Regardless of the possible biases that have been pointed out in that study, most notably regarding sample size and trust in authority, the longitudinal study revealed that the children who postponed gratification performed much better on college entry exams (SAT scores), educational attainment, and body mass index. I don't think the body mass index measure has anything to do with educational outcomes, but I do think it's interesting based on personal experience. For instance, when I don't plan my meals (using PFC future thinking capability), but rather wander into a store or restaurant when I'm already hungry, it's much hard to control my impulse to load up on less healthy food choices.
Dr. John Krystal, editor of Biological Psychiatry, is quoted in Science Daily describing the importance of understanding how delay discounting works: "Delay discounting is an important and poorly understood process. Understanding how it works sheds light on how dopamine signals reward in the brain. It also may help to develop preventive strategies for drug abuse, gambling disorders, and other clinical conditions where delay discounting may play a role."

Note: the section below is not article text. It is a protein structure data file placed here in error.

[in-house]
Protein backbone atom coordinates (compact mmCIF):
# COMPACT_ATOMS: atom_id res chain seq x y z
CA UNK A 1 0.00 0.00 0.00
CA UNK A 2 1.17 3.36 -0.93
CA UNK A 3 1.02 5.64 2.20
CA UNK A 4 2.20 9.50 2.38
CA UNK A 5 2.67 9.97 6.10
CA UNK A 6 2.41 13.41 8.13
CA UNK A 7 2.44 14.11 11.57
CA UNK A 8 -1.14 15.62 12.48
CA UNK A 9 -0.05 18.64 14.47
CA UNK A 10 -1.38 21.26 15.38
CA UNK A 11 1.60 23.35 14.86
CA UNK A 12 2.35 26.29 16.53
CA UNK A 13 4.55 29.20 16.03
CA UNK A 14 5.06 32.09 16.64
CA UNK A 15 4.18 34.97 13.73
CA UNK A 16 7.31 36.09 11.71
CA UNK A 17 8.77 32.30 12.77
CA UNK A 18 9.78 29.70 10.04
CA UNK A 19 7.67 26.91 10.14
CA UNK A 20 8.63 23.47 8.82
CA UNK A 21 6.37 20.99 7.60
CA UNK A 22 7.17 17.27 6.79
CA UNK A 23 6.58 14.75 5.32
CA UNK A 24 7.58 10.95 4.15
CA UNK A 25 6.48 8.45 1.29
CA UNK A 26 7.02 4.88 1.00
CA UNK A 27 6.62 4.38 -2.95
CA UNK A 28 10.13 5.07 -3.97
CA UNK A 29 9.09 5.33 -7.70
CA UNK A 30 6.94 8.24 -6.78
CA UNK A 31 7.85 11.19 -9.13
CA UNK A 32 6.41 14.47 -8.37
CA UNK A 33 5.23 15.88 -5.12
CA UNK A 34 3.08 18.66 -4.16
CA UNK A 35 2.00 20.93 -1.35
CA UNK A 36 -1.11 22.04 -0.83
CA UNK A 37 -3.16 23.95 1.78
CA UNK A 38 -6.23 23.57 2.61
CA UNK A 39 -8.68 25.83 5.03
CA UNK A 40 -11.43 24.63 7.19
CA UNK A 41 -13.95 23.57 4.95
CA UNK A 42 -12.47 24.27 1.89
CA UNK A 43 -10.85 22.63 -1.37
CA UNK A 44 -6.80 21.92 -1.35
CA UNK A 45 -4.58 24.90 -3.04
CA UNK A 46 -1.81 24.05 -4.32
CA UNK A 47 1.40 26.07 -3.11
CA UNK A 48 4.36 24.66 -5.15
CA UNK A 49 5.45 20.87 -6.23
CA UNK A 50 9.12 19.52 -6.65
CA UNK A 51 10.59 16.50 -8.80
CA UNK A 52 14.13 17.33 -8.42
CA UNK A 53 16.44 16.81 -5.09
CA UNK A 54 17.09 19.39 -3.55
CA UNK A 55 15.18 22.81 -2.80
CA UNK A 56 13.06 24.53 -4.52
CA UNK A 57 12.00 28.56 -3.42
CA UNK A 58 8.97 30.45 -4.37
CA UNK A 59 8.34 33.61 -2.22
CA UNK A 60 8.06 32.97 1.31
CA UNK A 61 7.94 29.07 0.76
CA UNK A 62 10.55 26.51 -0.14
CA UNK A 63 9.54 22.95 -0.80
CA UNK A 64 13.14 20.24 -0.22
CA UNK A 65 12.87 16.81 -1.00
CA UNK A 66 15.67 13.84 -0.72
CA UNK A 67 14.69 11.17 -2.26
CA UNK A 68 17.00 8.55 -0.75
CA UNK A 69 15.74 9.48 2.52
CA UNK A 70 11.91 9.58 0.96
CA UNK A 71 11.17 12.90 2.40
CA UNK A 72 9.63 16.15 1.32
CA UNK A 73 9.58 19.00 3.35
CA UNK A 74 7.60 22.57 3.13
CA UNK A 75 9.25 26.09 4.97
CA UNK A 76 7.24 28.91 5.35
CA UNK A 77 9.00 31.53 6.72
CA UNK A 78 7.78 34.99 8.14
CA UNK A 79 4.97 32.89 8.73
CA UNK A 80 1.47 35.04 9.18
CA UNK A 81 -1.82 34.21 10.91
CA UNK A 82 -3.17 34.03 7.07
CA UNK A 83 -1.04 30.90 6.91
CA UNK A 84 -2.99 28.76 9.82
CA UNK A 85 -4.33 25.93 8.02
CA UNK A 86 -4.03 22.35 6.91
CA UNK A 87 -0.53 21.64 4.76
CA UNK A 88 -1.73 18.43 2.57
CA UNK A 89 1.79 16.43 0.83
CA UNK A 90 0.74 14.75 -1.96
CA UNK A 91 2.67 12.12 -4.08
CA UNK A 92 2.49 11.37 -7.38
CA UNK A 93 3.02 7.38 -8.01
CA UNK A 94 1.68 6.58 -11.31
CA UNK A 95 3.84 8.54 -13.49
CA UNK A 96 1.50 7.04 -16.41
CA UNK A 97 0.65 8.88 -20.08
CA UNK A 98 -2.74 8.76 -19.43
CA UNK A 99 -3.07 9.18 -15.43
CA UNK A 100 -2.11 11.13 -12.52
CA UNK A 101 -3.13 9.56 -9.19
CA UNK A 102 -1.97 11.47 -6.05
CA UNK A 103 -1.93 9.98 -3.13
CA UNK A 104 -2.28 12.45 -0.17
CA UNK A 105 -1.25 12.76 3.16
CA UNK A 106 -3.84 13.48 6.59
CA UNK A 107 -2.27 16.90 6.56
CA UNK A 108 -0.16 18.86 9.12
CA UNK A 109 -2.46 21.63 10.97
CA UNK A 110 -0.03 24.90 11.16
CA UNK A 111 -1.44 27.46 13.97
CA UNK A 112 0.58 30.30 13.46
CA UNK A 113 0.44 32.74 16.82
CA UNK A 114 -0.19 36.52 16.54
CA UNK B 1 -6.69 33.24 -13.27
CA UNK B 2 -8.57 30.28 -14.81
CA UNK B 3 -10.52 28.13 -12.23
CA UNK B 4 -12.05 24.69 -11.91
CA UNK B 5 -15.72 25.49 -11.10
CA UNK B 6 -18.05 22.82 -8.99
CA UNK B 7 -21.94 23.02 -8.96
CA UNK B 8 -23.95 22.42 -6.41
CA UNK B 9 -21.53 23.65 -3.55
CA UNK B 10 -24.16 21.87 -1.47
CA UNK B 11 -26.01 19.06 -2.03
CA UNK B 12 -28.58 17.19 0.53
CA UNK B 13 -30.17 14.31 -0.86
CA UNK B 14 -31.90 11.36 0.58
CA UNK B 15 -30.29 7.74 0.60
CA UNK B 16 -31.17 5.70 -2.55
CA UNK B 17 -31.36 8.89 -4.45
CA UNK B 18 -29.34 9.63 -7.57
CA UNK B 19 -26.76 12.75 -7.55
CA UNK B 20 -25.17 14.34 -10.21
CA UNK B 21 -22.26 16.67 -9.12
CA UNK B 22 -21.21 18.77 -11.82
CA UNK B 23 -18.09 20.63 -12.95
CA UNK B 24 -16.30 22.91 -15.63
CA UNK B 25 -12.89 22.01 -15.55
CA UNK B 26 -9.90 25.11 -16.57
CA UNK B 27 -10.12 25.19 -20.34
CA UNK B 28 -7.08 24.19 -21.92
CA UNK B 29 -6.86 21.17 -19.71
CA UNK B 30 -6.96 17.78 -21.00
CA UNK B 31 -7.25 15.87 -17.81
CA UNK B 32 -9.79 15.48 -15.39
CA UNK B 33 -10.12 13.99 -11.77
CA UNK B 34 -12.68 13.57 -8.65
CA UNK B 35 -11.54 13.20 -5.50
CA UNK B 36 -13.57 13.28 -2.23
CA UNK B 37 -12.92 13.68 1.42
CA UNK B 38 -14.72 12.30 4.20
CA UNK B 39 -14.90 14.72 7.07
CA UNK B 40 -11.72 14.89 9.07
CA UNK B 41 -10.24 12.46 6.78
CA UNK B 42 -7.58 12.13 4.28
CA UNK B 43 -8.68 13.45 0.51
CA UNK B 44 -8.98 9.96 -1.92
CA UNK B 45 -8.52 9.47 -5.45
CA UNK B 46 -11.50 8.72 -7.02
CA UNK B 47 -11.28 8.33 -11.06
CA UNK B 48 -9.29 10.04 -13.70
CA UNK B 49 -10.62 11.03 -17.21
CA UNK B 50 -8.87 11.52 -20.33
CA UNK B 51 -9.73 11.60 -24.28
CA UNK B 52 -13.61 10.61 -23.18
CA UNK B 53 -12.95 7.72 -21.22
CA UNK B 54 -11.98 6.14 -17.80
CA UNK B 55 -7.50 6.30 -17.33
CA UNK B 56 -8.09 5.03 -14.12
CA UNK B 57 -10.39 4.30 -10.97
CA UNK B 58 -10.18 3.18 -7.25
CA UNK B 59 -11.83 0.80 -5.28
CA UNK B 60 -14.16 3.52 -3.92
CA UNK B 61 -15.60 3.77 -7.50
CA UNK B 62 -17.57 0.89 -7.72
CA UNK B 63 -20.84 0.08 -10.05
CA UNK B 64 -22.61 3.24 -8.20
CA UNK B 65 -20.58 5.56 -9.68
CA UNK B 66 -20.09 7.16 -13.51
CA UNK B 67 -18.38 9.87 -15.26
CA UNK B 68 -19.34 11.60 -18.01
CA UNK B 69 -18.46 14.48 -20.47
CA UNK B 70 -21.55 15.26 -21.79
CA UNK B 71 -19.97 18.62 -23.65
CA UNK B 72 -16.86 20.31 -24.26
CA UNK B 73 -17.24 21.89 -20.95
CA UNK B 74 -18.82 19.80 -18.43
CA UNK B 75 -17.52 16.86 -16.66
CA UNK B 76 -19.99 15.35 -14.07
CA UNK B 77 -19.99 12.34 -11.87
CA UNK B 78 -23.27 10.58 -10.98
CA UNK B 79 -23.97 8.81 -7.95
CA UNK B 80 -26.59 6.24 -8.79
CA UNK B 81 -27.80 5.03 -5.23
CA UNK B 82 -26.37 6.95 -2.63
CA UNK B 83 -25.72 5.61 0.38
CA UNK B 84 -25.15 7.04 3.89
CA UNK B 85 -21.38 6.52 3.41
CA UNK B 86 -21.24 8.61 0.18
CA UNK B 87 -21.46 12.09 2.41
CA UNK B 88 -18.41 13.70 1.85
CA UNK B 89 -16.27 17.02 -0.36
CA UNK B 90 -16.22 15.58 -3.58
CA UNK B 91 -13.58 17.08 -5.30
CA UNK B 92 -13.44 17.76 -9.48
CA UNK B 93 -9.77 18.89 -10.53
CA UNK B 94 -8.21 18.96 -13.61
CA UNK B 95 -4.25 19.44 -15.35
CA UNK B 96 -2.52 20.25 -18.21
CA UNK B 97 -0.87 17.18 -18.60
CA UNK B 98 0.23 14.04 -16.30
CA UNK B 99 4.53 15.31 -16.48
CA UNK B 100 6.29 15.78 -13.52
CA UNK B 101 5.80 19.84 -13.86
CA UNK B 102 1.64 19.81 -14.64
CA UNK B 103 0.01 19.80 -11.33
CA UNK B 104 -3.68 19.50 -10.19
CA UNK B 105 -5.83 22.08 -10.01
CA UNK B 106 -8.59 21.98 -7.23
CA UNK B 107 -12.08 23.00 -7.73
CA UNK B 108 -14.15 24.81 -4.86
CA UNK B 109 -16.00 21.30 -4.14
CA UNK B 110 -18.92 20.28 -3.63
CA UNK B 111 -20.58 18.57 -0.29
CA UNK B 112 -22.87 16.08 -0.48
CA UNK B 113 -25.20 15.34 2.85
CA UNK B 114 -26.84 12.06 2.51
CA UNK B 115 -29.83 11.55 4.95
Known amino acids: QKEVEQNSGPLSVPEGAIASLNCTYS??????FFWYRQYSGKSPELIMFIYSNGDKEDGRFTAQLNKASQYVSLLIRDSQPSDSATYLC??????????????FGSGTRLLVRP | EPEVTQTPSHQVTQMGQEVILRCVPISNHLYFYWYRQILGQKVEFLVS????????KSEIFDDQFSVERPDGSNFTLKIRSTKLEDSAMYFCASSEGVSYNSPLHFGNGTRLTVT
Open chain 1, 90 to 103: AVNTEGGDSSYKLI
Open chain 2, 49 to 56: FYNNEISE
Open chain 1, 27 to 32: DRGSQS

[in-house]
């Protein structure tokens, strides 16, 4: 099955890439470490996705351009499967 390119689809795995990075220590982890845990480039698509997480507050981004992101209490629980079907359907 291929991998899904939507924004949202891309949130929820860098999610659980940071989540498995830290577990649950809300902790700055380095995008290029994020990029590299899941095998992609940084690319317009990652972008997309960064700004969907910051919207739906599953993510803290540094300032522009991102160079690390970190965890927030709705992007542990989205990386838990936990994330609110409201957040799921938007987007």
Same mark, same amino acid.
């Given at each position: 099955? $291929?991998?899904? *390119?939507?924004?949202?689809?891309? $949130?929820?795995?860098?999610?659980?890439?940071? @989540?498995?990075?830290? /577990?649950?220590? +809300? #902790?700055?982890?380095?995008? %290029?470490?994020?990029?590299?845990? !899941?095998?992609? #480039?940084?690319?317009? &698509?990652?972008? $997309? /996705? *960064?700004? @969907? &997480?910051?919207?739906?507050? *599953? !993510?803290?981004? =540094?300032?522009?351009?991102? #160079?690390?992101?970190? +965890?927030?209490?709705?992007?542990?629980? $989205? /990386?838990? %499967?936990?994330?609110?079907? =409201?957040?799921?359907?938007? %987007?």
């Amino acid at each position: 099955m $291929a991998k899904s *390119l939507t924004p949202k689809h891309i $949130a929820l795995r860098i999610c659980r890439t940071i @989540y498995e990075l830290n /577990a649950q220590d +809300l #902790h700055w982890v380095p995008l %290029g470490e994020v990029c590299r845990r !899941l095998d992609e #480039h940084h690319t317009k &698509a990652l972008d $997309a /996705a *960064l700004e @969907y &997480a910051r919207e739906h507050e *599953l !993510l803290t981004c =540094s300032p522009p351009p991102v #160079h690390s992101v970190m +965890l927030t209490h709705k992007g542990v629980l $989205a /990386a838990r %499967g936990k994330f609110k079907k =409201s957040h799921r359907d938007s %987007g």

Delay discounting does seem poorly understood, or at least subject to a good deal of academic skepticism. The literature challenging the results of Mischel's famous experiment is fairly extensive. The essence of the results, however, appear to hold up. Noah Shamosh and Jeremy Gray published a meta-analysis of research on the relationship between intelligence and delay discounting in 2007. The team reviewed for publication bias, type of intelligence (verbal only versus verbal and nonverbal), choice paradigm, measure of the delay discounting (time versus discount rate), reward material (what, in effect, was the carrot), reward scheme (hypothetical, randomized payoff, or real disclosed compensation), and socioeconomic status.